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Posted: Oct 31, 2014
Biofabrication enters university mainstream with 3D body part printing degree
(Nanowerk News) Australian students will soon be learning how to use 3D printing to churn out living replacement body parts, as universities team with their European counterparts to offer a world-first degree course.
Queensland University of Technology (QUT) and the University of Wollongong will partner with the University Medical Centre Utrecht in the Netherlands and the University of Würzburg in Germany next year to offer the world's first international masters degree in 3D body part printing.
The two years Masters course in biofabrication looks at how to use 3D printing to create living artificial tissues and biological tissue substitutes.
QUT's Biomaterials and Tissue Morphology Group leader Mia Woodruff said 3D technology offered an alternative to traditionally used artificial biomaterials, such as silicone breast implants and metal pins.
"Because 3D printing is becoming such accessible technology... people are starting to use 3D printing technology to process these biomaterials into three dimensional structures," she said.
"We're able to add cells from the actual patients we're trying to treat, and that makes a three-dimensional living tissue."
St Vincent's Hospital in Melbourne is involved in a research program with several universities, including the University of Wollongong and the Royal Melbourne Institute of Technology (RMIT) looking at the 3D printing of body parts.
QUT is pioneering research into 3D printed replacement breast tissue for mastectomy patients.
Professor Peter Choong from St Vincent's said medical procedures using the technology could be extremely patient-specific.
"Take orthopaedics for example... You can get bones from the bone bank, which is other people's bones, but sometimes this causes reactions or infections,'" he said.
"What this technique does is make it very patient-specific so you can build something to exactly match the defected part, and it does not carry the risk of transmissible disease."
Associate Professor Woodruff said another advantage of biofabrication was that the polymers implanted into the body would degrade over time.
"During the period they're dissolving new tissue is forming in a way that exactly mimics the original tissue," she said.
"It just gets smaller and smaller and the tissue forms more and more in the scaffold, which is highly porous, and eventually the polymer disappears and you're left with regenerated tissue."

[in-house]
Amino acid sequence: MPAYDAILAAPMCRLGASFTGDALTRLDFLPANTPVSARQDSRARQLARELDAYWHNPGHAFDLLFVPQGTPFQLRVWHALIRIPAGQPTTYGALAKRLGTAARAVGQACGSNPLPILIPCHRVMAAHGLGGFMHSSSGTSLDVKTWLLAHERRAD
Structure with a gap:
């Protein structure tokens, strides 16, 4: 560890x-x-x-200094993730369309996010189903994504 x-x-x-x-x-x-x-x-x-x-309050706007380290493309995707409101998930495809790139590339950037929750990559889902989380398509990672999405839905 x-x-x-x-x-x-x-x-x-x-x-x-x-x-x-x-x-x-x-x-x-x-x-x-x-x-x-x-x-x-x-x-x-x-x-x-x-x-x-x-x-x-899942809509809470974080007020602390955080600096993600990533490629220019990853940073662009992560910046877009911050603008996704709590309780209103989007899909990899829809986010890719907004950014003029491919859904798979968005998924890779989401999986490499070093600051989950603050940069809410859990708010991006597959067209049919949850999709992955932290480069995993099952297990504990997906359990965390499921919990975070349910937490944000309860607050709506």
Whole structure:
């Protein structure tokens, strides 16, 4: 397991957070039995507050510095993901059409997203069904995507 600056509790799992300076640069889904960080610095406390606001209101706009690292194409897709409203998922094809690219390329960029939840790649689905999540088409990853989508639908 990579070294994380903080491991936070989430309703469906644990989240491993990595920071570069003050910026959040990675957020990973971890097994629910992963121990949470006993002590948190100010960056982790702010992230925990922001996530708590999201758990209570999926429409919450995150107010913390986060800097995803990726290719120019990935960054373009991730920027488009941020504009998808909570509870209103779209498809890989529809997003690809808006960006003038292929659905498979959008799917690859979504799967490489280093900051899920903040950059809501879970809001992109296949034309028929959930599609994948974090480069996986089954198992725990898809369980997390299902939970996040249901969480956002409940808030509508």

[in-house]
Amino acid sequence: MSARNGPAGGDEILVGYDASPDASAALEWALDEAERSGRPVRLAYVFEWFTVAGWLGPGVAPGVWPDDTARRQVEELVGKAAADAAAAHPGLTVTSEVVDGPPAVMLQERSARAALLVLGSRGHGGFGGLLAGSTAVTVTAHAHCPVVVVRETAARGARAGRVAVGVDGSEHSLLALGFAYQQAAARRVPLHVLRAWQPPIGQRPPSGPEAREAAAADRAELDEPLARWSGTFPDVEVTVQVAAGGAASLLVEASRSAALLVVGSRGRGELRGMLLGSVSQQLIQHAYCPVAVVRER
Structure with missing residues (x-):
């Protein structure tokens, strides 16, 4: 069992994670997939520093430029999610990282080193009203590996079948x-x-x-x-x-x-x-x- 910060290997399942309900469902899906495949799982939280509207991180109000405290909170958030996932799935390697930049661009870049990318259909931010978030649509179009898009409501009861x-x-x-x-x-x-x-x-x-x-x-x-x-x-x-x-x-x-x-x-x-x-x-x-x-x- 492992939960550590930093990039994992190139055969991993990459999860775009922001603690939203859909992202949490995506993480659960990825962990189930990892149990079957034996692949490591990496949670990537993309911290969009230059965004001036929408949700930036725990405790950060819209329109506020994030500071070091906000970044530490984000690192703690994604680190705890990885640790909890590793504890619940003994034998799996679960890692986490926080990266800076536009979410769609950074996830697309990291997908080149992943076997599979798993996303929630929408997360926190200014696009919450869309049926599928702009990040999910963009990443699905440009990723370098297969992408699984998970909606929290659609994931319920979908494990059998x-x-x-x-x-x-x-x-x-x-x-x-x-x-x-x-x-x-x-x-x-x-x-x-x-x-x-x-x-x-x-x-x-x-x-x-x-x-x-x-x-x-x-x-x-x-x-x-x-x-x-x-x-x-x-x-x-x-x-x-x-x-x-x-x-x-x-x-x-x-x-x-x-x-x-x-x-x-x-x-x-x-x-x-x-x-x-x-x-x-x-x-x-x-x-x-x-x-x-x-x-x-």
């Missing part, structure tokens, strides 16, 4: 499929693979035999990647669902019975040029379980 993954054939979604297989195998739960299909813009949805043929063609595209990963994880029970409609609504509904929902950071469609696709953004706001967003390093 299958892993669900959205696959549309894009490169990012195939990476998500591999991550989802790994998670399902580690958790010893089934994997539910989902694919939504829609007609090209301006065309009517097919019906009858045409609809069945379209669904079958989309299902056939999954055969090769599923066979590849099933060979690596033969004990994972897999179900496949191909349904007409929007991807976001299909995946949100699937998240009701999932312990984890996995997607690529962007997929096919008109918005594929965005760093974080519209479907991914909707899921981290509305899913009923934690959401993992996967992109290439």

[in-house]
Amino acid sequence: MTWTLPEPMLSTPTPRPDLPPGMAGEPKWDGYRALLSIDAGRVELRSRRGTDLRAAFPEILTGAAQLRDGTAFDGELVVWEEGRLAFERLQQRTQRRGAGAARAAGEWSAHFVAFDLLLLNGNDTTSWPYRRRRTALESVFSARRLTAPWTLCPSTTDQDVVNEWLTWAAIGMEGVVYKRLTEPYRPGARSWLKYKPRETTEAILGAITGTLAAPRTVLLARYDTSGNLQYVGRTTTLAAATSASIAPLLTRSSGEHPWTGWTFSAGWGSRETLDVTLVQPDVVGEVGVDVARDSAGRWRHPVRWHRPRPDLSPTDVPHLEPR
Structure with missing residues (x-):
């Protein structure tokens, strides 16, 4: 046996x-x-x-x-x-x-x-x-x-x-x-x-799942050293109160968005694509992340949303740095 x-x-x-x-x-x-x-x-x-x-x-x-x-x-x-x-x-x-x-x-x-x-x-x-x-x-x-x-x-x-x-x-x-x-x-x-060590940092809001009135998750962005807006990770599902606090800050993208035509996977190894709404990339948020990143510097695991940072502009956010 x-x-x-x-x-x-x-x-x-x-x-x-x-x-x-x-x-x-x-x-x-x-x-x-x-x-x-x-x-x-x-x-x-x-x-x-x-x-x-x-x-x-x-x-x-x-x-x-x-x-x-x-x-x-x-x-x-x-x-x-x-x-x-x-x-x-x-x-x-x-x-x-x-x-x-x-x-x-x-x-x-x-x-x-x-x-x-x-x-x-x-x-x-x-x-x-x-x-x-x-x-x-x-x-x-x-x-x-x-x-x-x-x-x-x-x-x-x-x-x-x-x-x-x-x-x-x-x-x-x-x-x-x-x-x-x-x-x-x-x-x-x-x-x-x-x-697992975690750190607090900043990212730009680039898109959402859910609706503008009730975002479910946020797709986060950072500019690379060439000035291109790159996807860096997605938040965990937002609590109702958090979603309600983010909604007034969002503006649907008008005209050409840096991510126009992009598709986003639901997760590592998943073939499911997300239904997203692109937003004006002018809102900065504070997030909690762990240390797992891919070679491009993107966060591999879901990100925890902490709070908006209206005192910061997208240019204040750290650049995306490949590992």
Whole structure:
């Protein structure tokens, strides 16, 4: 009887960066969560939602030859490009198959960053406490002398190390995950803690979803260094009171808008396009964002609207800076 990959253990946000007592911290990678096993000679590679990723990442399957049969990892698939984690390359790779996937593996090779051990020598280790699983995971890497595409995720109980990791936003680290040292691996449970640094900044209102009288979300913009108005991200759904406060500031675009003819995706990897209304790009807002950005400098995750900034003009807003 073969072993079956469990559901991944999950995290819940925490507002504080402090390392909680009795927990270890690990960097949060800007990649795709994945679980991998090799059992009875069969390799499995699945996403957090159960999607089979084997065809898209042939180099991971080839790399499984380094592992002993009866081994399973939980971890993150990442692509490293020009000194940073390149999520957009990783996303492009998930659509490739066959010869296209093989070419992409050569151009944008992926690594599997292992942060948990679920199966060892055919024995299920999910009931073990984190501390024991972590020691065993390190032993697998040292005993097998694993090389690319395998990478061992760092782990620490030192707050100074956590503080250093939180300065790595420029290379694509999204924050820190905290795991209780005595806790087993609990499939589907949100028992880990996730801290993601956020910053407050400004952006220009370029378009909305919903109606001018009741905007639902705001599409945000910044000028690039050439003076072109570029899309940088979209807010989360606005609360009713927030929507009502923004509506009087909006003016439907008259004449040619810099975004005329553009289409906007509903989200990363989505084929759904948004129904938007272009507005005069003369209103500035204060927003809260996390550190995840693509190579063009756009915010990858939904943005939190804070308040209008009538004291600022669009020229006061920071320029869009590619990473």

Artificial implantable organs could be about 50 years away
The University of Wollongong's Stephen Beirne said biofabrication technology could even allow the 3D printing of whole implantable organs.
"There's numerous hurdles between here and there, but a very vague estimate would be 50 years," Dr Beirne said.
It is these kinds of predictions that have researchers and medical professionals expecting rapid growth in the industry.
Associate Professor Woodruff said biofabrication was a niche market at the moment, but advances in technology, accessibility and cost-efficiency meant there was potential for huge growth.
"If these students are entrepreneurial and develop their own products and their own companies and printers, they will be driving this new additive manufacturing medical industry," she said.
"We think the medical side of additive manufacturing is where the growth will be, and this is where all of the amazing breakthroughs and new products, and new technologies, and job opportunities, and growth, and financial benefits will come from."
Associate Professor Woodruff said the new degree had been popular with prospective students.
"It's the first of its kind, it's a really unique Masters course because it's international and very cutting-edge," she said.
The Australian universities will take on 10 students each.
The students will spend their first year in Australia undertaking research, and the second year at their European sister universities while the European students come to Australia.
"After two years we'll be graduating 40 students, all over the world, who'll be pioneering this 3D printing medical technology," Associate Professor Woodruff said.
Australia in a strong position in 3D printing industry
Three-dimensional printing is an additive manufacturing technique, meaning objects are built layer-by-layer.
Associate Professor Woodruff said almost anything could be printed using the technology.
"You're effectively building up a structure from the bottom up, so whatever size or shape it needs to be, your computer can have an X-Y-Z coordinate system which a print model will follow, and the code that you put into the computer will build a three-dimensional structure based on the computer-aided design," she said.
"A medical scan can be used, or a house structure, or a box, or a little rocket, or anything that you can print. It's a layer-by-layer printing approach that builds products higher and higher."
"They're printing houses in China and dresses on the catwalks in Milan."
She said commonly used subtractive manufacturing techniques - for example machining a block of metal into a specific shape - created a lot of waste product.
"Additive manufacturing is fantastic because everything that you're printing is part of the actual product you're creating," she said.
Professor Choong said the advanced technology in 3D printing and the medical research that had been done in Australia put the country in a strong position in the medical 3D printing industry.
"The other week we printed a heel ... That's an example of how we're transferring science and research into practice," he said.
"This is a time when you can really bring the research together with focusing on clinical need and translating it and that's what we're doing here at St Vincent's; bringing together researchers, technology and industry to meet the needs of our patients."